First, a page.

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Stories can be a powerful tool. They can inspire, motivate, challenge perceptions and also provide children with some much-needed support.
I regularly use stories as a support tool for children going through difficult situations. Through reading the right kind of book with a child, you can unlock a number of different avenues for children trying to navigate their way through what can be a maze of complex emotions.
When doing this, you need to take your time, be prepared for questions and be comfortable in silence – but most of all, you need be there for the child.
There are any number of stories out there that can help with all sorts of different issues – but here (in no particular order) are 10 that can be used to support children with difficult life events…
[Click on the titles for publisher and ordering details]
Written from true events, this story features a little boy called Aidan who goes from seeing his Poppa regularly – and even classing his as his best friend – to having to face the stark reality of watching his Poppa get poorly, to finally losing him.
Not only does it take you through these difficult times, it also shows Aidan after losing his Poppa and finding some enjoyment from the activities that he’d used to do with his Poppa. Supporting children going through bereavement can be extremely tricky, but this book can be used as tool to break the silence.
Aimed at younger children, this story seeks to talk them through a variety of different emotions. Beautifully illustrated, it sees Llenas encouraging children to discuss their emotions by linking them a particular colour. As a teacher, you can use similar language when supporting a child exhibiting such emotions to help cement those links further.
A poignant story that deals with the issue of bereavement. Badger is old and aware that he will soon die, so he tries to prepare his friends for this sad event. Badger does indeed later pass away during the story, leaving his friends to initially struggle with their bereavement.
In time, however, Badger’s friends are able to find comfort in the memories they have of the fun times that they once shared with him.
A book targeted at younger children in the position of having experienced domestic violence at home. The author takes us on a journey where children get to see Baby Bear’s feelings change from sunny and warm, to grey and rainy following a stormy evening at home. The book also comes with guidance notes and supporting activities for the adult – potentially a social worker, counsellor, or member of support staff – who is reading the story.
Targeted primarily at KS2 children, this book aims to get children thinking about themselves in relation to their behaviour and seeing the two as separate.
Our central character is Billy, who is described as ‘less than perfect’. He has an invisible angry dog, Gobber, who barks in his ears, gives him ‘brain mash’ and breaks things. The story follows Billy’s determined efforts to win ‘The Great Big Cook Off’ being held at his school and hopefully defeat Gobber in the process…
This story, pitched at children aged 3 and up, is about a dog called Celeste who outwardly appears to be the happiest dog in the world – yet she has started to notice something different about her human.
Reinforcing the message that children can be affected by depression without the adults around them realising, Not Today, Celeste! comes with a guide for parents and professionals on how to support children who may be experiencing various forms of depression within their household.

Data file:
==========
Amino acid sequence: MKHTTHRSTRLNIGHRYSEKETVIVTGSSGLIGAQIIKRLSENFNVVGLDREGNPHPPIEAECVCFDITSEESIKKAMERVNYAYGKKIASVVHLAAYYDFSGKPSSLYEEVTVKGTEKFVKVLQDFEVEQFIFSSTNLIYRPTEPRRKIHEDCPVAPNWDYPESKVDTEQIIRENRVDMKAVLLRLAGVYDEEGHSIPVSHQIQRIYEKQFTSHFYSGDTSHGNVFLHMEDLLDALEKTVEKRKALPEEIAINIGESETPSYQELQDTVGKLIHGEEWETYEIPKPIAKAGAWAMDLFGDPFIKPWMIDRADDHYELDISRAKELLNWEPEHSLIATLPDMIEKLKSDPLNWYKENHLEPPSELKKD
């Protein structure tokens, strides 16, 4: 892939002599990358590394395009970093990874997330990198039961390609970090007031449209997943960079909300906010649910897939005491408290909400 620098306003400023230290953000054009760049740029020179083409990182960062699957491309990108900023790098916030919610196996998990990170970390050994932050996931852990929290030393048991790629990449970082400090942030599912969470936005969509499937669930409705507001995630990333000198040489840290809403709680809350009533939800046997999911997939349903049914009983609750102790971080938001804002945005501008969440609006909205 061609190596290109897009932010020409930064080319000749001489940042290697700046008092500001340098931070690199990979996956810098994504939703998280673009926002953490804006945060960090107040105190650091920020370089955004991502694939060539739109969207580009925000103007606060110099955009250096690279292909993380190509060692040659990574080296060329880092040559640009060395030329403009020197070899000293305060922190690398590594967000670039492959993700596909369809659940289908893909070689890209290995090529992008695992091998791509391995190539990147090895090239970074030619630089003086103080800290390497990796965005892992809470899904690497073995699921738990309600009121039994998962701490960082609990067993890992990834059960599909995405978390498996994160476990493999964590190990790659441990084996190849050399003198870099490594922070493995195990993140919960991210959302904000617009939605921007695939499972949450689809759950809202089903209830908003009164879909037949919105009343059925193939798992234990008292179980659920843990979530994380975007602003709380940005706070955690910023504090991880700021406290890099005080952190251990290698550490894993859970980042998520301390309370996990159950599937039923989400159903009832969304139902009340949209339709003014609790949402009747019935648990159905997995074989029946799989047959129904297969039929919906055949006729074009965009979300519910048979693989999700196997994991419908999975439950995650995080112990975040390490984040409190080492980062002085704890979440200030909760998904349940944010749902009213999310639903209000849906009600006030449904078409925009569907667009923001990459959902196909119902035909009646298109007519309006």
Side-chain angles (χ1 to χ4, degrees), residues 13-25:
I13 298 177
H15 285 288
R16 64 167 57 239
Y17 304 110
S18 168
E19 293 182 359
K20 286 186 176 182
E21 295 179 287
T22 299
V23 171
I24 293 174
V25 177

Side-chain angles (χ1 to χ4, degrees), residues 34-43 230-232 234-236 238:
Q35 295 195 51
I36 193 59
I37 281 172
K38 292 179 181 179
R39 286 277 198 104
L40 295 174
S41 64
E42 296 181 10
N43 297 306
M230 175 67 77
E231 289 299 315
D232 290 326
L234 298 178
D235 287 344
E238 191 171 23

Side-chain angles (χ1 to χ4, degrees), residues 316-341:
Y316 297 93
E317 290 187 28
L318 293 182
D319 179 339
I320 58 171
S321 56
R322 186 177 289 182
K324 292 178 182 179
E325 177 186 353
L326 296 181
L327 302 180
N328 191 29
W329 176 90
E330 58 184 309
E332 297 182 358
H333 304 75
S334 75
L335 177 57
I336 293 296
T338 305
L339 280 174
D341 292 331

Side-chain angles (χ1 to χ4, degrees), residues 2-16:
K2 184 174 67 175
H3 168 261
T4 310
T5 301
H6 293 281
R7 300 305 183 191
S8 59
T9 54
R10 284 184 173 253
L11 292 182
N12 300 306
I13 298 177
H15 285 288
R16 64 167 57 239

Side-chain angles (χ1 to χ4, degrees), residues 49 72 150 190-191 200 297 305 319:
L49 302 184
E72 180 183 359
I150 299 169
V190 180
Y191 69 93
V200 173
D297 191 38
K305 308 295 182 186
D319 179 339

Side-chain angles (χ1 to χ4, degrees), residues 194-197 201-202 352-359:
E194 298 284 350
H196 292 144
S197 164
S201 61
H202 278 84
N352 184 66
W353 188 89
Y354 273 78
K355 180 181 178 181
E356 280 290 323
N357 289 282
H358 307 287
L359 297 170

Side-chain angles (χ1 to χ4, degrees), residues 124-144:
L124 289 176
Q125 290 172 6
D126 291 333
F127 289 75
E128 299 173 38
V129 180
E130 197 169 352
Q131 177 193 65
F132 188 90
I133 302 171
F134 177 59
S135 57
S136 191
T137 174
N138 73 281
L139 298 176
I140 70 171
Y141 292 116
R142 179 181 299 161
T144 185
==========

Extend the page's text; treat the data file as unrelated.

A colour picture book that explore issues of attachment, while helping children to explore their feelings and communicate with adults who may be working with them.
In the story, the main protagonist, known only as ‘Boy’, builds a wall to keep himself safe. At first, the wall allows him to feel more protected and stronger – but then one day, ‘Someone Kind’ comes along. At first, we see her she’s bouncing a ball. Then she moves on to singing, until eventually she begins painting the other side of Boy’s wall.
Through following the interactions of ‘Boy’ and ‘Someone Kind’, the children reading along can begin to explore life on the other side of their own walls…
A perfect book with which to explore appropriate uses of language and behavioural boundaries.
Bella encounters many events in her life that make her feel angry and tired. By following her trials and travails, children can start to identify with her feelings (though they might feel somewhat exhausted by the end) and get a sense of the good that restorative conversations can have.
We are supporting more and more children with anxieties – though in Jenny’s case, they’re physically right there with her, in a big blue bag she must carry everywhere.
As the story progresses, Jenny comes to the realisation that she needs to work through her worries and rid herself of them – providing a lesson that can be used in turn to help children work through and hopefully let go of the anxieties that affect them.
Less a story book and more a ‘dip-in’ advice book, How are you feeling today? contains a number of straightforward and entertaining strategies that children can use to deal with particular feelings, along with a series of explanatory notes for parents at the back
Rather than being solely a story book, this book is full of practical advice when dealing with emotions presented. You can practise these strategies as you read them during your sessions.
There are a plethora of stories that are available dealing with difficult topics. Next time you come across these topics, try these. Talk to colleagues, network with others and this short list will soon turn into an incredibly useful resource for you in the future.
Tracey Lawrence is an assistant head and Y2 teacher; she blogs at behaviourteach.blogspot.co.uk and tweets as @behaviourteach
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